|Città di Bergamo|
The iconic skyline of the old fortified Upper City
|Nickname(s): Città dei Mille ("City of the Thousand")|
Map of the old walled Upper City of Bergamo
|Province||Province of Bergamo (BG)|
|• Mayor||Giorgio Gori (PD)|
|• Total||40.16 km2 (15.51 sq mi)|
|Elevation||249 m (817 ft)|
|• Density||3,000/km2 (7,800/sq mi)|
Bergamàsch (Eastern Lombard)
|Time zone||CET (UTC+1)|
|• Summer (DST)||CEST (UTC+2)|
|Dialing code||(+39) 035|
Bergamo (Italian: [ˈbɛrɡamo] listen (help·info); Lombard: Bèrghem listen (help·info); from Latin Bergomum) is a city in Lombardy, northern Italy, approximately 40 km (25 mi) northeast of Milan, and about 30 km (19 mi) from the Alpine lakes Como and Iseo. The foothills of the Bergamo Alps begin immediately north of the city.
With a population of around 120,000, Bergamo is the fourth-largest city in Lombardy. Bergamo is the seat of the Province of Bergamo. The metropolitan area of Bergamo extends beyond the administrative city limits, spanning over a densely urbanized area with slightly less than 500,000 inhabitants. The Bergamo metropolitan area is itself part of the broader Milan metropolitan area, home to over 8 million people.
The city of Bergamo is composed of an old walled core, known as Città Alta ("Upper Town"), nestled within a system of hills, and the modern expansion in the plains below. The upper town is encircled by massive Venetian defensive systems that are a UNESCO World Heritage Site since 9 July 2017.
Bergamo is well connected to several cities in Italy, thanks to the motorway A4 stretching on the axis between Milan, Verona, and Venice. The city is served by Il Caravaggio International Airport, the third-busiest airport in Italy with 12.3 million passengers in 2017. Bergamo is the second most visited city in Lombardy after Milan.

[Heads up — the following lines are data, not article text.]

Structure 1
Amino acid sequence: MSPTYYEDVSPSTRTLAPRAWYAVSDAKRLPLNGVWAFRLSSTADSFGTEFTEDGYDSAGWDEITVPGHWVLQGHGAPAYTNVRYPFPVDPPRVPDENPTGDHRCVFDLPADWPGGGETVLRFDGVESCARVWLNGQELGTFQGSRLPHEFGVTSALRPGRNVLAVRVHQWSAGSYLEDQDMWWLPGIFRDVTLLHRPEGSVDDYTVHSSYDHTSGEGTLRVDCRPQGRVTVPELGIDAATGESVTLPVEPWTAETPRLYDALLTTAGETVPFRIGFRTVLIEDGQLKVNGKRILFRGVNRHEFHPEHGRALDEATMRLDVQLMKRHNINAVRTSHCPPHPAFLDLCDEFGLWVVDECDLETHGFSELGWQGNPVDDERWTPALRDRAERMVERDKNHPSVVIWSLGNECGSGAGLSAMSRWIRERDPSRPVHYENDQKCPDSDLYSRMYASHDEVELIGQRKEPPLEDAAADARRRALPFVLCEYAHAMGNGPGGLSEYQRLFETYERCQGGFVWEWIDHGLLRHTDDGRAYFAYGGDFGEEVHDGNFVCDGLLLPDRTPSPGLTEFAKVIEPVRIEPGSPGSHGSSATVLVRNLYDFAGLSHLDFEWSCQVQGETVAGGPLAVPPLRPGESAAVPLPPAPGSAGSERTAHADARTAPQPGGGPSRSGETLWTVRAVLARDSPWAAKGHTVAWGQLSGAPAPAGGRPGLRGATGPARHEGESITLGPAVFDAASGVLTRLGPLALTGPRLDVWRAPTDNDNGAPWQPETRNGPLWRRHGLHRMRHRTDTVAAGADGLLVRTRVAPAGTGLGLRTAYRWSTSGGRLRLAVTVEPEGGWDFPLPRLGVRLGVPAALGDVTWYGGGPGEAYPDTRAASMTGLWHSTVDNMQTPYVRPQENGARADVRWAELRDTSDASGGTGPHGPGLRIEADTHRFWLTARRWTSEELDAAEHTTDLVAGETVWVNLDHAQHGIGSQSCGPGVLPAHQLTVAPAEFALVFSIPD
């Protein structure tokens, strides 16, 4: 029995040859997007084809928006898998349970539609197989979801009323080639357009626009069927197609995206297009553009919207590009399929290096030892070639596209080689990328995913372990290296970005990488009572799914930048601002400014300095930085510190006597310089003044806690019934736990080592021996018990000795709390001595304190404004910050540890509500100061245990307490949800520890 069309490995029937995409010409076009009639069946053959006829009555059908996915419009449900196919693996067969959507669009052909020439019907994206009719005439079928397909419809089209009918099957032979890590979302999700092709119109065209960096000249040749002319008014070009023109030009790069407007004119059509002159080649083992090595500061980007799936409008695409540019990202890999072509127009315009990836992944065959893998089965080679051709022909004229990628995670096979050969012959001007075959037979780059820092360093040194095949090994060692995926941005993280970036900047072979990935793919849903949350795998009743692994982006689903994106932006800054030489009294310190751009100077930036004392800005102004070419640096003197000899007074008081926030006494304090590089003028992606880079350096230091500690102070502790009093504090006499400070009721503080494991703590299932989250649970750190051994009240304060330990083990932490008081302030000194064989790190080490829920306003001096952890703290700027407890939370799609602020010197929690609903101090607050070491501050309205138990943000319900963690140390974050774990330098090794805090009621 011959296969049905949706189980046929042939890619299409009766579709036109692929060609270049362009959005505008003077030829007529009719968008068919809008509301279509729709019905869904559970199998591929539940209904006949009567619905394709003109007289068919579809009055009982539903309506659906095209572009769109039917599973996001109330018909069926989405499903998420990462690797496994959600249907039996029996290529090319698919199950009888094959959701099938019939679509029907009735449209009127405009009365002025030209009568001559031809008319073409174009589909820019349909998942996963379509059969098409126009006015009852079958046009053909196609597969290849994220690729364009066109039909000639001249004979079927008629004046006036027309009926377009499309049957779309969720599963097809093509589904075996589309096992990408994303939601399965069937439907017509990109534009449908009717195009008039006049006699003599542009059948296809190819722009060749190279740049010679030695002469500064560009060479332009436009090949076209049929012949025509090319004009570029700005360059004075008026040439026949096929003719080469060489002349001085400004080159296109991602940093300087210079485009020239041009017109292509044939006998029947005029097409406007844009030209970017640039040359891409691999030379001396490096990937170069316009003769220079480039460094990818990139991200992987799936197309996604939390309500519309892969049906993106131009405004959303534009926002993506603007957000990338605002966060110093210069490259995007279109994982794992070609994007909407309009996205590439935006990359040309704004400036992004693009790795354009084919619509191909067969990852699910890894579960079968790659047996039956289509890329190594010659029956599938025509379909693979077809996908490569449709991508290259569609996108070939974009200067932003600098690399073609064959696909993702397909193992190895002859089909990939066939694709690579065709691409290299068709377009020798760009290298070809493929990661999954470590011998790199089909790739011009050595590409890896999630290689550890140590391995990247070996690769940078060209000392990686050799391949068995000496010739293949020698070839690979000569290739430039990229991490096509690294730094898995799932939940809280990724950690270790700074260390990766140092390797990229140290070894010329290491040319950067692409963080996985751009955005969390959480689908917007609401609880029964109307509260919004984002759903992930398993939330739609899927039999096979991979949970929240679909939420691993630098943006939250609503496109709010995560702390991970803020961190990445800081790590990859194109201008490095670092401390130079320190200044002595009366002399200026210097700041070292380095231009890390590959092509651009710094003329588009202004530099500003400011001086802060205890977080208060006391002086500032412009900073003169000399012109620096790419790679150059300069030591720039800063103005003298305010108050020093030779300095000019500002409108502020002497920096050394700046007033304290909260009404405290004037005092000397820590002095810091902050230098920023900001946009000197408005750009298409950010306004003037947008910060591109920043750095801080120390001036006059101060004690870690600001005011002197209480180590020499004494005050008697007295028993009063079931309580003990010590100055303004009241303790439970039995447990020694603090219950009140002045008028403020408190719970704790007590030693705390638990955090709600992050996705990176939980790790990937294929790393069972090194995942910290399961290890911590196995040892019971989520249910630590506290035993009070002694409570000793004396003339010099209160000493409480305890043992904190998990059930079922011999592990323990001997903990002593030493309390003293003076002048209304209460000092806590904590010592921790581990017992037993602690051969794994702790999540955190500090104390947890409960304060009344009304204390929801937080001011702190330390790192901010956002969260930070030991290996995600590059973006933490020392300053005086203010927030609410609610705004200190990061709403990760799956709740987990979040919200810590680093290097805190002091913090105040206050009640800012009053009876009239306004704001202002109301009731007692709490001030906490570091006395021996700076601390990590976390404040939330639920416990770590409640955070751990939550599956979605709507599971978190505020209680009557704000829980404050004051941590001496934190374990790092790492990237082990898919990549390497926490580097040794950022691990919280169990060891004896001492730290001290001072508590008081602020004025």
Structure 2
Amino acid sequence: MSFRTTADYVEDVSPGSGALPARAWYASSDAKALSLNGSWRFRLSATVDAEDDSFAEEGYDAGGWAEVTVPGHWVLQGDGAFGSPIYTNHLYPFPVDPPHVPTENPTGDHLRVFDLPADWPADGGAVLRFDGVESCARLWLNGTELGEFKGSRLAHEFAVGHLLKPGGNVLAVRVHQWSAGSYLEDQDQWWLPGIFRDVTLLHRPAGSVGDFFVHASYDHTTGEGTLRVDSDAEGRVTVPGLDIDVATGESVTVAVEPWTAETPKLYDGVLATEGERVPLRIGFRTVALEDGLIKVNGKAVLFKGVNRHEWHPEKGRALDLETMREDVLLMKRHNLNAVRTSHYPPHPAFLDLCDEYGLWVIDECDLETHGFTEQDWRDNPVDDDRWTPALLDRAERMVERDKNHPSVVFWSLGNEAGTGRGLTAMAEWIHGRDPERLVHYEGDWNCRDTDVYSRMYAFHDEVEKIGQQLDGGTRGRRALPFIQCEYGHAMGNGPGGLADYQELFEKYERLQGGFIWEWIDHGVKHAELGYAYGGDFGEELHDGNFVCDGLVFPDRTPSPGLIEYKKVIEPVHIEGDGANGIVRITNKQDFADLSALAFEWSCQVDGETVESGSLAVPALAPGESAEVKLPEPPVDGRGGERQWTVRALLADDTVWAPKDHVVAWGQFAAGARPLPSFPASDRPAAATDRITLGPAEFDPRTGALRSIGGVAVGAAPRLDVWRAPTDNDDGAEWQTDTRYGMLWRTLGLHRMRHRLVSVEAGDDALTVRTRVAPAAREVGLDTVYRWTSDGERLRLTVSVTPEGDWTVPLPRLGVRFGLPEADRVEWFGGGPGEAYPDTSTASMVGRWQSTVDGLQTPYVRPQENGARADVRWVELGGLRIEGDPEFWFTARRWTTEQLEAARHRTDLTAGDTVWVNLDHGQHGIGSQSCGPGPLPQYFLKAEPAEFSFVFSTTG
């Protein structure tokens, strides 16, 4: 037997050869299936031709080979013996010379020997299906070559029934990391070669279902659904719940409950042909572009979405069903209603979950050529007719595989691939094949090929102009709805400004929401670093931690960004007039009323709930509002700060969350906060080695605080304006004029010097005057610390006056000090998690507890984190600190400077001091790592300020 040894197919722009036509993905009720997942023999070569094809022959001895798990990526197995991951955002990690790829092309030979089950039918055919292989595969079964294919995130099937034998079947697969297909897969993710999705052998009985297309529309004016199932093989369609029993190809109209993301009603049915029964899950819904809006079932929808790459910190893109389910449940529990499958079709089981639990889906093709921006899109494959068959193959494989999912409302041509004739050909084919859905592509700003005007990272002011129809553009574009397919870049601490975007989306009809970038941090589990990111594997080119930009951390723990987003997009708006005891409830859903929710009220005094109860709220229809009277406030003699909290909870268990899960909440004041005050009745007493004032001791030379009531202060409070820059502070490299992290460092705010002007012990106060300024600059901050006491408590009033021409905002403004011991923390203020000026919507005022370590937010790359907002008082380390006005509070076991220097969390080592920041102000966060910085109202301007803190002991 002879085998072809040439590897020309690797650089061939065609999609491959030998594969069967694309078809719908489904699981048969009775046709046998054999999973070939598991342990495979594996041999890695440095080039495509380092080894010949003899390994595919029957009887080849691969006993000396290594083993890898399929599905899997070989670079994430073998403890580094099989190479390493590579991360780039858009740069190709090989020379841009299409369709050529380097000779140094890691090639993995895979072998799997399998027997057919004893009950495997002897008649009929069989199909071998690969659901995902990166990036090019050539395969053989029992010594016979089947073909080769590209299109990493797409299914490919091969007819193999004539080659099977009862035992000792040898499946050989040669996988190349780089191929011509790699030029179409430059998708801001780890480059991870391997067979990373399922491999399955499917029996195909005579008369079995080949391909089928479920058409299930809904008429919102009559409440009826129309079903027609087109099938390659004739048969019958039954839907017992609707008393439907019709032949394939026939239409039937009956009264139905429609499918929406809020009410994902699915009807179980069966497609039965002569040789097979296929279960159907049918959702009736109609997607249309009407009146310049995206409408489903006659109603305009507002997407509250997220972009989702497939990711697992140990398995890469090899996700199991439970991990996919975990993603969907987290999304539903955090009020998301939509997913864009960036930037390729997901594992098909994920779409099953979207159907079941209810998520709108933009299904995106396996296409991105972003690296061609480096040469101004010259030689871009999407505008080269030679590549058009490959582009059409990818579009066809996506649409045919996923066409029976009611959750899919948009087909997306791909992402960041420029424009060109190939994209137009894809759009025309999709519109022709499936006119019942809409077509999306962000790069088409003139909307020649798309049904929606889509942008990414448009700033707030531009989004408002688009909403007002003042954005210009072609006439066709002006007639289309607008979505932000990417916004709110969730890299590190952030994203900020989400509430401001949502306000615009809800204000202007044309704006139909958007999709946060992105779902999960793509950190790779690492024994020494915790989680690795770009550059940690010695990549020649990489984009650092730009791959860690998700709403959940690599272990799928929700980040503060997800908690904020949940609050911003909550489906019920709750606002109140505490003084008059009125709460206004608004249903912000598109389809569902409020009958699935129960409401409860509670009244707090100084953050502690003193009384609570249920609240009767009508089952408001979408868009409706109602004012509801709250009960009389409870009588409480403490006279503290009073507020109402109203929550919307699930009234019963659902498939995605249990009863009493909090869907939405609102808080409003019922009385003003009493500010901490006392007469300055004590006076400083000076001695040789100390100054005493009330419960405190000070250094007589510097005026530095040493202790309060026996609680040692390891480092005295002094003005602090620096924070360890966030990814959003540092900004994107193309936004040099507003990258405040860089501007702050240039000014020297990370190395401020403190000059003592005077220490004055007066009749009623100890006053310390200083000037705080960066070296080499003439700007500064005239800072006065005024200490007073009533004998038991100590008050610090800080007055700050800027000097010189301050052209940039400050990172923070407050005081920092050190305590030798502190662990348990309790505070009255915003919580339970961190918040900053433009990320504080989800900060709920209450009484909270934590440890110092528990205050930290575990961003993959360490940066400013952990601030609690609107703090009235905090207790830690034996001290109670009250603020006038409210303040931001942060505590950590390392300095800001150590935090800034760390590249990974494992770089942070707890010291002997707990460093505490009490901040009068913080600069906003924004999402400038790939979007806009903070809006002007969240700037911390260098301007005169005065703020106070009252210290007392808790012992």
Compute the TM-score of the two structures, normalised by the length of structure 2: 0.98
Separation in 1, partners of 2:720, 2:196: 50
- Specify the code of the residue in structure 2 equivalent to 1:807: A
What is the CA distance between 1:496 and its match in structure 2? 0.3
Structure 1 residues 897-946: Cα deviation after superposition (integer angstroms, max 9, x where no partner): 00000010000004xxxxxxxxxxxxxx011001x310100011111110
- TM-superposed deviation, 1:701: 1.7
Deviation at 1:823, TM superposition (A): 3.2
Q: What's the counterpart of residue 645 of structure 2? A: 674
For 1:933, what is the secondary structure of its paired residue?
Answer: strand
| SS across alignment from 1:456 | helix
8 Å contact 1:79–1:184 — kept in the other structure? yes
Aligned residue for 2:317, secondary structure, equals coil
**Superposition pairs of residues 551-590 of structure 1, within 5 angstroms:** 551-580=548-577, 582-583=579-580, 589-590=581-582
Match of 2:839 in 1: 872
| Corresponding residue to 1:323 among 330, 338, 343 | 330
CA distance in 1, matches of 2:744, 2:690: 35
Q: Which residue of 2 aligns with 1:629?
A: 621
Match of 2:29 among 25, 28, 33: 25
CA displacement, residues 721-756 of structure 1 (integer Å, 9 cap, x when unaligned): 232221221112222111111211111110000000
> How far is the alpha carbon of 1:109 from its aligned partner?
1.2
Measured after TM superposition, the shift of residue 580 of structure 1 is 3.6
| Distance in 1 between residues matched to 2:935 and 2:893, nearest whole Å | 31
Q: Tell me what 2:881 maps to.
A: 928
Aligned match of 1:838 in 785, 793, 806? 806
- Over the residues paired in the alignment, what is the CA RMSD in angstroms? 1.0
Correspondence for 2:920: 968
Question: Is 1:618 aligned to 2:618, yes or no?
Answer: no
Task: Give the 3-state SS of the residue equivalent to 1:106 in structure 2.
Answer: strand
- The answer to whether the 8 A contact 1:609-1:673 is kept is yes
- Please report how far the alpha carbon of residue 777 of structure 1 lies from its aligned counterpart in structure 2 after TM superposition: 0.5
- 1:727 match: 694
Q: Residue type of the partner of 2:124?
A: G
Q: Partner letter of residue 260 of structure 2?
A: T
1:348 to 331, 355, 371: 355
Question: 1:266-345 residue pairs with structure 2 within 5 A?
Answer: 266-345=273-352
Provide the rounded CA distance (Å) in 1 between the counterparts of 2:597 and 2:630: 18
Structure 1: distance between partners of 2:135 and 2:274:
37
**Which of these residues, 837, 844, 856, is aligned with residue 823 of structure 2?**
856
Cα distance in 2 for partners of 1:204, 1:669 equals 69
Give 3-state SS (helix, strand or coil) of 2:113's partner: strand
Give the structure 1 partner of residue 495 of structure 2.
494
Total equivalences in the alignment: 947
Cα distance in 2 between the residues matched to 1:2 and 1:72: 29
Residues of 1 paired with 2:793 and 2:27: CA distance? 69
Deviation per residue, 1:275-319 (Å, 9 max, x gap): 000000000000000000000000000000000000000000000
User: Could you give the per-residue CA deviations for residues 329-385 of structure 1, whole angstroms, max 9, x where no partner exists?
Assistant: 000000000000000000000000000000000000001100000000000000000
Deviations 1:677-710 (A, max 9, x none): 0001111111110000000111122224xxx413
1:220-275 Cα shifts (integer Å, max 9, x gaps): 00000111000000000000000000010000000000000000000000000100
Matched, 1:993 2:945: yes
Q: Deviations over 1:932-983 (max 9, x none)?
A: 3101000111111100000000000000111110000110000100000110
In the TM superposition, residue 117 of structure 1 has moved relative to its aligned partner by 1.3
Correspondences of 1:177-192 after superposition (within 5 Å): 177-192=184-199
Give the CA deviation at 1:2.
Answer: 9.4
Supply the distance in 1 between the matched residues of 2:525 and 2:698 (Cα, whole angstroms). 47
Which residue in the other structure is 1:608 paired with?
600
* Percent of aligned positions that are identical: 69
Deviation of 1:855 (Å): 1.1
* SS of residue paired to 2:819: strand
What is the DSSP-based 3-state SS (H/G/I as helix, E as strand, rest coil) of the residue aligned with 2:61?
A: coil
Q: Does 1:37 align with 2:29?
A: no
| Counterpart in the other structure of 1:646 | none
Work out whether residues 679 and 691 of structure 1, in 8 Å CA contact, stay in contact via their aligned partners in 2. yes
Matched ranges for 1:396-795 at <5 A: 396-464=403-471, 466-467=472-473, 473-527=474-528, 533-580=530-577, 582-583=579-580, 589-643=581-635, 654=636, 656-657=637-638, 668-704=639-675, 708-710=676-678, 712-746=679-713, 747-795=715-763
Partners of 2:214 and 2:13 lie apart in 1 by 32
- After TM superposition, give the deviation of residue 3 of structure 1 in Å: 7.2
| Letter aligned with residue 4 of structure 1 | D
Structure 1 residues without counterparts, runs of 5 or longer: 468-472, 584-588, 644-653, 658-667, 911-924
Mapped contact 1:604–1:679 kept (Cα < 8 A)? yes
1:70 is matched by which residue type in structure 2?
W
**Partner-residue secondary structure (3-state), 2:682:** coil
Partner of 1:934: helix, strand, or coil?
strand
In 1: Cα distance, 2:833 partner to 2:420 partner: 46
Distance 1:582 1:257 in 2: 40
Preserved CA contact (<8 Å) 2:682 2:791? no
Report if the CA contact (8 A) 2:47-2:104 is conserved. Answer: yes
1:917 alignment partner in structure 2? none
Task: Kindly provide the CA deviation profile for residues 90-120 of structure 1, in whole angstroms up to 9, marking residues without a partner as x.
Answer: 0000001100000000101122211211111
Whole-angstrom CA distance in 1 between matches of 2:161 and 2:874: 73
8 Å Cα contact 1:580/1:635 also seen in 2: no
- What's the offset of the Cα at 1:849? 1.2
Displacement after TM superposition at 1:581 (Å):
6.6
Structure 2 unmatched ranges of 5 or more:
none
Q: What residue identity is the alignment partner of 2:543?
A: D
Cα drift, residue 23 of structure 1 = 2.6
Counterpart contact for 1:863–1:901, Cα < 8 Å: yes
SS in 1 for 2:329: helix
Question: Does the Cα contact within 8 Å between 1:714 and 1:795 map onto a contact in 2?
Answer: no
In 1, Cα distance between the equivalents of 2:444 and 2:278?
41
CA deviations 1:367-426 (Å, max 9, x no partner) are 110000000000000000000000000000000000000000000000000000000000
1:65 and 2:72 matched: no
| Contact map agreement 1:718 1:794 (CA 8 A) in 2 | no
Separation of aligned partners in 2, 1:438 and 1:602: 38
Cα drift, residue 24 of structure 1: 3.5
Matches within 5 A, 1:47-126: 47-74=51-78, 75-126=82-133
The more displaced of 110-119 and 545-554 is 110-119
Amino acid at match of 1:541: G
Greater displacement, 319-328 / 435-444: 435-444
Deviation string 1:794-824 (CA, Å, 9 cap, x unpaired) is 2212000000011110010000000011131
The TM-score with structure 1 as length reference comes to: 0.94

|Fortified Upper City of Bergamo|
|Native name Città Alta di Bergamo|
Bergamo Upper City skyline
|Location||Bergamo, Natural Park of Bergamo Hills Lombardy Italy|
|Area||Bergamo, Lombardy, Northern Italy|
|Designated||2017 (41 Session)|
|Part of||Venetian Works of Defence between 15th and 17th centuries: Stato da Terra – western Stato da Mar|
|Region||Europe and North America|
- 1 History
- 2 Geography
- 3 Cityscape
- 4 Demographics
- 5 Economy
- 6 Culture
- 7 Education
- 8 Transportation
- 9 International relations
- 10 Notable people
- 11 See also
- 12 References
- 13 Bibliography
- 14 External links
Bergamo occupies the site of the ancient town of Bergomum, founded as a settlement of the Celtic tribe of Cenomani. In 49 BC it became a Roman municipality, containing c. 10,000 inhabitants at its peak. An important hub on the military road between Friuli and Raetia, it was destroyed by Attila in the 5th century.
After the conquest of the Lombard Kingdom by Charlemagne, it became the seat of a county under one Auteramus (d. 816). An important Lombardic hoard dating from the 6th to 7th centuries was found in the vicinity of the city in the 19th century and is now in the British Museum.
From the 11th century onwards, Bergamo was an independent commune, taking part in the Lombard League which defeated Frederick I Barbarossa in 1165. The local Guelph and Ghibelline factions were the Colleoni and Suardi, respectively.